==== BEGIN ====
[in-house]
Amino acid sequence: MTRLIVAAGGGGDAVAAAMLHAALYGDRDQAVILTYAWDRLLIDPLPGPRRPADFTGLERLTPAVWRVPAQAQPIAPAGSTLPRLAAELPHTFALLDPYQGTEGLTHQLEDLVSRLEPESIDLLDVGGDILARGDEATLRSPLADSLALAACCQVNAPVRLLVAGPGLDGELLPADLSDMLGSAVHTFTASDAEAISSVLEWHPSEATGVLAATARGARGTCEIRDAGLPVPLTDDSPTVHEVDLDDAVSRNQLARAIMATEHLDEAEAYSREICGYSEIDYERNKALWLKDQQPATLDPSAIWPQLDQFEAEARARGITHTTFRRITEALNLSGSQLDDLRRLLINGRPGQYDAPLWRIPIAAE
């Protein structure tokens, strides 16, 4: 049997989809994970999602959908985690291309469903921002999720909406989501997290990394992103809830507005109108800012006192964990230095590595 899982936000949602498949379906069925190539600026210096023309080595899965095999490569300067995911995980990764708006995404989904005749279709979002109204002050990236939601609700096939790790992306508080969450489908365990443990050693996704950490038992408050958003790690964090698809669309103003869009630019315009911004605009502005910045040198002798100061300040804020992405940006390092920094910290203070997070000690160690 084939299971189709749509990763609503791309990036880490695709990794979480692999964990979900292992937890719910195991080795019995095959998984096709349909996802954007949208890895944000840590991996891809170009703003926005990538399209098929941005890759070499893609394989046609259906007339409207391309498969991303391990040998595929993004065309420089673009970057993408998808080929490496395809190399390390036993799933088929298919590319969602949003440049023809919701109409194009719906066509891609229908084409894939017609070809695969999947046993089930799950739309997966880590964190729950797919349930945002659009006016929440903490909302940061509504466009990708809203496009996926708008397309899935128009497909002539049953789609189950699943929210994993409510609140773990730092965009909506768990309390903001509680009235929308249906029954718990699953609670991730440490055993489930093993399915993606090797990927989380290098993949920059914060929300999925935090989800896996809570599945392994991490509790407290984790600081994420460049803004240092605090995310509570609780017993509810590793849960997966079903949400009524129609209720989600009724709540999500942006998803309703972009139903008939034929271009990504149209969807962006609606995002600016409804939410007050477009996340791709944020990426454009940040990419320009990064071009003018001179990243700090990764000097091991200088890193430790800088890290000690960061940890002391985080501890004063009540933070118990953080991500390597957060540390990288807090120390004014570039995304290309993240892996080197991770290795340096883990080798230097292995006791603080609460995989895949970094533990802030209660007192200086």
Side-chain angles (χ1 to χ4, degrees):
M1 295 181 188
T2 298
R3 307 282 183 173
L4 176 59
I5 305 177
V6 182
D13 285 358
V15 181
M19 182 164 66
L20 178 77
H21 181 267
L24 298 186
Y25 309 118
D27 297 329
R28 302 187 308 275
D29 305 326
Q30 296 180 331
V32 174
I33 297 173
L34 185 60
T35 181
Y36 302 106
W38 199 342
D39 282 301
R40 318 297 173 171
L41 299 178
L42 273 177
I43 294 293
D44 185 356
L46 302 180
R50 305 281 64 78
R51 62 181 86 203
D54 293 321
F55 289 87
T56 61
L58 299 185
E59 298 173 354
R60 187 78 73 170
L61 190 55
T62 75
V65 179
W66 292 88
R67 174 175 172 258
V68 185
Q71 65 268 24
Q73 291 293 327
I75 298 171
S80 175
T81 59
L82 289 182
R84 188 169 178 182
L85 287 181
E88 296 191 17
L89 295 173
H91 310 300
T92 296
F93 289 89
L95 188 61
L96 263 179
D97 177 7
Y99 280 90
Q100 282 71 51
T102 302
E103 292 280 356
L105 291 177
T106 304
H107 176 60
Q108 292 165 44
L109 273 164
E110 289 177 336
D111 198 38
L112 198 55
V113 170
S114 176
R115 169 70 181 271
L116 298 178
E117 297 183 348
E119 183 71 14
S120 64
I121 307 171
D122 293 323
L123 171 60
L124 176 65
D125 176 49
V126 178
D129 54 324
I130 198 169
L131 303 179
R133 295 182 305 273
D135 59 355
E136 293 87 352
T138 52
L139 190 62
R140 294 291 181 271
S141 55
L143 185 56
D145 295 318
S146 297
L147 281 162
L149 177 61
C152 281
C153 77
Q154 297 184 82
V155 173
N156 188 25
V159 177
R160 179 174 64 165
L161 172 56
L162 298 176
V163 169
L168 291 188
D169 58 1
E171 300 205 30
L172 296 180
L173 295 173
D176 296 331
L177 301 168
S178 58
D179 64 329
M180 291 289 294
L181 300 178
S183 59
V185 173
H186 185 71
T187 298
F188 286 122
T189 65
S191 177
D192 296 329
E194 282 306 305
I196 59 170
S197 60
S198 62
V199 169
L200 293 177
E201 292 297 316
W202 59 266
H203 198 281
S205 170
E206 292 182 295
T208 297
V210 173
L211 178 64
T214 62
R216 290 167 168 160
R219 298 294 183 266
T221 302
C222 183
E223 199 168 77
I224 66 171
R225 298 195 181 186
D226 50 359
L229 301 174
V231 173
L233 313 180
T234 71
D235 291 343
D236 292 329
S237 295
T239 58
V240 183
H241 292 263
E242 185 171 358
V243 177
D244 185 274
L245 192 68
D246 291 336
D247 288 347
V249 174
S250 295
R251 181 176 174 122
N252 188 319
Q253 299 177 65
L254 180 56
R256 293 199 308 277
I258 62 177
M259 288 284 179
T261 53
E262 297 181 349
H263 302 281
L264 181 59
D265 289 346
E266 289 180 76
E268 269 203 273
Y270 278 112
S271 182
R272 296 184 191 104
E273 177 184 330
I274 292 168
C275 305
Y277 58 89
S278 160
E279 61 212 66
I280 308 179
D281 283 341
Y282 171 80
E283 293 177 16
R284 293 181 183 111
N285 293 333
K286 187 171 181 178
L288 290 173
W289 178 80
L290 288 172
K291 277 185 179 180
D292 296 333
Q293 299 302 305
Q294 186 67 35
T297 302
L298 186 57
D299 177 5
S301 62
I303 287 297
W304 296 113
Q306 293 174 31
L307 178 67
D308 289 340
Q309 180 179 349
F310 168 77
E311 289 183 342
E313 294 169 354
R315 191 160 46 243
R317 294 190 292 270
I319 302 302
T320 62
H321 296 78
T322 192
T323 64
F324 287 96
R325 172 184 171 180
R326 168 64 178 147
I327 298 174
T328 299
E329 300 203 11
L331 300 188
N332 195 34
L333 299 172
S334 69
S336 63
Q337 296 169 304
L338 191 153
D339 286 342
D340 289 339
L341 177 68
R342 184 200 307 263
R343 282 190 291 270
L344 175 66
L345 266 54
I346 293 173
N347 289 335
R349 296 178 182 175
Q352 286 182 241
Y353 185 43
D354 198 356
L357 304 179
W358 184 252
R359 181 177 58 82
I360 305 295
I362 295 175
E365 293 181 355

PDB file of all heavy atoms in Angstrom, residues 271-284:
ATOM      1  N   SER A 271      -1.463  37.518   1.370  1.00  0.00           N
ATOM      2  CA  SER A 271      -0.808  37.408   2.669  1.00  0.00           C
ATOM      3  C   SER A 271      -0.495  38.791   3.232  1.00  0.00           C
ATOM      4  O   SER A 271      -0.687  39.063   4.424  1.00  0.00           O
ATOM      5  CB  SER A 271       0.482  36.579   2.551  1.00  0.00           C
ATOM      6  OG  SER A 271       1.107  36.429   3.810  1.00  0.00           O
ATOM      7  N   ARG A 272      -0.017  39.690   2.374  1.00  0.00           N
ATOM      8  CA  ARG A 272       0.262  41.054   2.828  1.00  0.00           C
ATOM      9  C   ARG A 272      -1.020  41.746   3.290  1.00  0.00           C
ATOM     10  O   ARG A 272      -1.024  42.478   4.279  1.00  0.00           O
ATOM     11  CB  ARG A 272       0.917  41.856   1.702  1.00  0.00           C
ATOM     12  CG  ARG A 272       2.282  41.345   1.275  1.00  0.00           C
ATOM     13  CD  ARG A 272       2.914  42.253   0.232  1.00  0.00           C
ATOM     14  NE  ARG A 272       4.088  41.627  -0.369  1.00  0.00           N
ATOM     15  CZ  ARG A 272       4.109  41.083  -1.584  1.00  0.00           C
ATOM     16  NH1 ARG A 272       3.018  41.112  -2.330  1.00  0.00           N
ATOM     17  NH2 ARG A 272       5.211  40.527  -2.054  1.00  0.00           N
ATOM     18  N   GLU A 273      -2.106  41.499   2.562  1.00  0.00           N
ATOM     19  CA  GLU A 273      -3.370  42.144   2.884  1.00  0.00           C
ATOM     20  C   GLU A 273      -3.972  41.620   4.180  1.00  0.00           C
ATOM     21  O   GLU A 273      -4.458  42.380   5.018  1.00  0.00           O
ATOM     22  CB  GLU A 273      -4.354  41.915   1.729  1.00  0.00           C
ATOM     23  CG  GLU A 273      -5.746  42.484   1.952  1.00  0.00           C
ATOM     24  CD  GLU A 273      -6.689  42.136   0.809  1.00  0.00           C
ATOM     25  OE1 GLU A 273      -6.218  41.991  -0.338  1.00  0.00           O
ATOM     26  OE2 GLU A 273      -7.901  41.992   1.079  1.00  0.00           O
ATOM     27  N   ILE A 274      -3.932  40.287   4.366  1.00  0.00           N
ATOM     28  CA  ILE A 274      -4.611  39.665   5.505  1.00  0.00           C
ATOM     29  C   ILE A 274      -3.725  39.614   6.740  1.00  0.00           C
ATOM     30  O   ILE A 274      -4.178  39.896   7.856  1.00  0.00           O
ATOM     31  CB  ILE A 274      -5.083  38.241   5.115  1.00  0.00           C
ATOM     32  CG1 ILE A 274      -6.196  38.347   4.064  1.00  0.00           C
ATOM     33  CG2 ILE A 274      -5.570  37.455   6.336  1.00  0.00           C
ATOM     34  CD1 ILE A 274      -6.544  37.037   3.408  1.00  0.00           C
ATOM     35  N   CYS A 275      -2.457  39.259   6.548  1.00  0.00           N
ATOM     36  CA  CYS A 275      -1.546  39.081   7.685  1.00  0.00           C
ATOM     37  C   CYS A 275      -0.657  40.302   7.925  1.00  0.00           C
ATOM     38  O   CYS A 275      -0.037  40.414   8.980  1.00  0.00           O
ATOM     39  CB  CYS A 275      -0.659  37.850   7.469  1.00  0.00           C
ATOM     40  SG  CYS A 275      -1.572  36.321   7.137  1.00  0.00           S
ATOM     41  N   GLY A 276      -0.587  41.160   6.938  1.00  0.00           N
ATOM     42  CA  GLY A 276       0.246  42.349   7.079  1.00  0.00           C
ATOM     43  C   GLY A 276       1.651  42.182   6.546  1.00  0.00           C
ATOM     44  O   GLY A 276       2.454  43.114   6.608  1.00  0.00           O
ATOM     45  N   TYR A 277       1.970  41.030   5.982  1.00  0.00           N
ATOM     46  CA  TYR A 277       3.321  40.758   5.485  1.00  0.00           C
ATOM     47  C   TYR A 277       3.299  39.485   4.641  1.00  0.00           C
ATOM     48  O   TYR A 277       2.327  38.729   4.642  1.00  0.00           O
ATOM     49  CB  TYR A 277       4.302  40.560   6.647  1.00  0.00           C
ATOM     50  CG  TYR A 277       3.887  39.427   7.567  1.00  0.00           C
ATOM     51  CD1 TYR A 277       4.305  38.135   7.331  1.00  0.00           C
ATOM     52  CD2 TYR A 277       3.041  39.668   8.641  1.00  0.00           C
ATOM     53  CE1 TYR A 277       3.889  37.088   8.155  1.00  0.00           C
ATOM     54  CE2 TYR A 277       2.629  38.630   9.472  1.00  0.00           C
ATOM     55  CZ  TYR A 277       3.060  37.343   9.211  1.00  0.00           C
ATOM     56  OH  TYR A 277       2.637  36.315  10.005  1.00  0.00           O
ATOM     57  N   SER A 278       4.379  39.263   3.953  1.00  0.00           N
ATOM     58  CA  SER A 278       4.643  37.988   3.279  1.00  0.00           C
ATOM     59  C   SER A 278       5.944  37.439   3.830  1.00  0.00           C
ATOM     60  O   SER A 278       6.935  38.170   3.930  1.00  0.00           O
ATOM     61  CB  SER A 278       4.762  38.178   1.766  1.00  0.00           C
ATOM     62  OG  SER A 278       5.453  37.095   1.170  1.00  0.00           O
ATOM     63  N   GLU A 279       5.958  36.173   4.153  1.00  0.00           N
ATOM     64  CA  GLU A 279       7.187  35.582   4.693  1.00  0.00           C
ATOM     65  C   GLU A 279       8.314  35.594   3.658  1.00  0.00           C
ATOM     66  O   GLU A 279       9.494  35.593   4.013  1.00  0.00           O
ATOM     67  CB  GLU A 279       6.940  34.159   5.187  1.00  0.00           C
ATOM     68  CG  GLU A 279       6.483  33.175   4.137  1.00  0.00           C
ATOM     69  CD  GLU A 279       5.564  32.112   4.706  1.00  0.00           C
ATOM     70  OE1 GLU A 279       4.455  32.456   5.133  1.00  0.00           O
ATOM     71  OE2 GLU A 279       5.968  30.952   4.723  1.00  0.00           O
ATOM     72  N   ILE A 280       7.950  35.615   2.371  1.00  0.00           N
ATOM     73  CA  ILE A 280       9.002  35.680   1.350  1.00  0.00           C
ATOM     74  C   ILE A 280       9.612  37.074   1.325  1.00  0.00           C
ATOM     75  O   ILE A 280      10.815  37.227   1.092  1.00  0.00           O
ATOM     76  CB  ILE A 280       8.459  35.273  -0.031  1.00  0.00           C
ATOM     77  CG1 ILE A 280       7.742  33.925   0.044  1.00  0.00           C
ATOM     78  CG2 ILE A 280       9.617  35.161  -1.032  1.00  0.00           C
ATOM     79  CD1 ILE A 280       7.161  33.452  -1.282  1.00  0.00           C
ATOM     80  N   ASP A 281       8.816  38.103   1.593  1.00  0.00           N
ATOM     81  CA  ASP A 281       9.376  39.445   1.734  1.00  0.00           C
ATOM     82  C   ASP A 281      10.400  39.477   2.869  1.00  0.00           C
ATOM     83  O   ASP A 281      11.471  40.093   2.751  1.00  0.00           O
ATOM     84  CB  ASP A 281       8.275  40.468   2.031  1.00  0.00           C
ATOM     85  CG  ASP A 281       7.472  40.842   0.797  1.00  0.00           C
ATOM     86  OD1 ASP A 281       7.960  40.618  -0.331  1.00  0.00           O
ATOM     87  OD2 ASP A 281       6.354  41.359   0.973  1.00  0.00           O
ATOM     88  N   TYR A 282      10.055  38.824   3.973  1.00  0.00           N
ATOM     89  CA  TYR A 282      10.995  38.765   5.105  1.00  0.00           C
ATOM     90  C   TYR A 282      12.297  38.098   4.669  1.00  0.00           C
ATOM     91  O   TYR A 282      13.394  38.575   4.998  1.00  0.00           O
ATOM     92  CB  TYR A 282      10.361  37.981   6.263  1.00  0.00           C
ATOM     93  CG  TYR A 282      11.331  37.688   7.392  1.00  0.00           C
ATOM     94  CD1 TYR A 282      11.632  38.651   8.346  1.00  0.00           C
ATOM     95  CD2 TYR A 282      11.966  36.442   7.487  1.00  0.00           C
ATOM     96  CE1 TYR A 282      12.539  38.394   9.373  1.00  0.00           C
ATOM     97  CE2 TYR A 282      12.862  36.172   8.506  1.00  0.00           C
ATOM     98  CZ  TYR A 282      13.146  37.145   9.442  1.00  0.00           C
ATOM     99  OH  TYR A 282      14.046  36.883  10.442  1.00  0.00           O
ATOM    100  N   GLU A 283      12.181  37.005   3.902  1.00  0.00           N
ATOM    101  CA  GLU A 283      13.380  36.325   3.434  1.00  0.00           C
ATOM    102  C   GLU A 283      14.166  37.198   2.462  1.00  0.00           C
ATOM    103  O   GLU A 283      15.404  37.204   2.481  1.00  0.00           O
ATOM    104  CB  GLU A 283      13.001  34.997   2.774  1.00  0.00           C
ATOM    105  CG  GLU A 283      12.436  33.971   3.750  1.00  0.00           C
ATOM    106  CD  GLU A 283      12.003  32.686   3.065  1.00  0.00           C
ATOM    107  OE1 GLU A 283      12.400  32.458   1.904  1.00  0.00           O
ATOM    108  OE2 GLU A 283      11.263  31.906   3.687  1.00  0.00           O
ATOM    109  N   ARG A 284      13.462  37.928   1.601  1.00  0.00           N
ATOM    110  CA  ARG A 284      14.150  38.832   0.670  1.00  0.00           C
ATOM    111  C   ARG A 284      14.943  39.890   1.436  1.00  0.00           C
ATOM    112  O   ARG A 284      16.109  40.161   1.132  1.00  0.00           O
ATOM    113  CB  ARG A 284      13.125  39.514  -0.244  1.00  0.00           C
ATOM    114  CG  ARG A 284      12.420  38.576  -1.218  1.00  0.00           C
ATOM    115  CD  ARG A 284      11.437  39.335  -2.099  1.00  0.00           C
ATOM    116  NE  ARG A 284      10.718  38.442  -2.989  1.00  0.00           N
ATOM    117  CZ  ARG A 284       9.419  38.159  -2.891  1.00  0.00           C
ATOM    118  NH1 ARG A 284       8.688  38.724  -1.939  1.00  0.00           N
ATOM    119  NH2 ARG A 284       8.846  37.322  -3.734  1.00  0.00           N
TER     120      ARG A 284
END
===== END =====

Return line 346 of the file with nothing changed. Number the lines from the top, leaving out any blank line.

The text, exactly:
ATOM     82  C   ASP A 281      10.400  39.477   2.869  1.00  0.00           C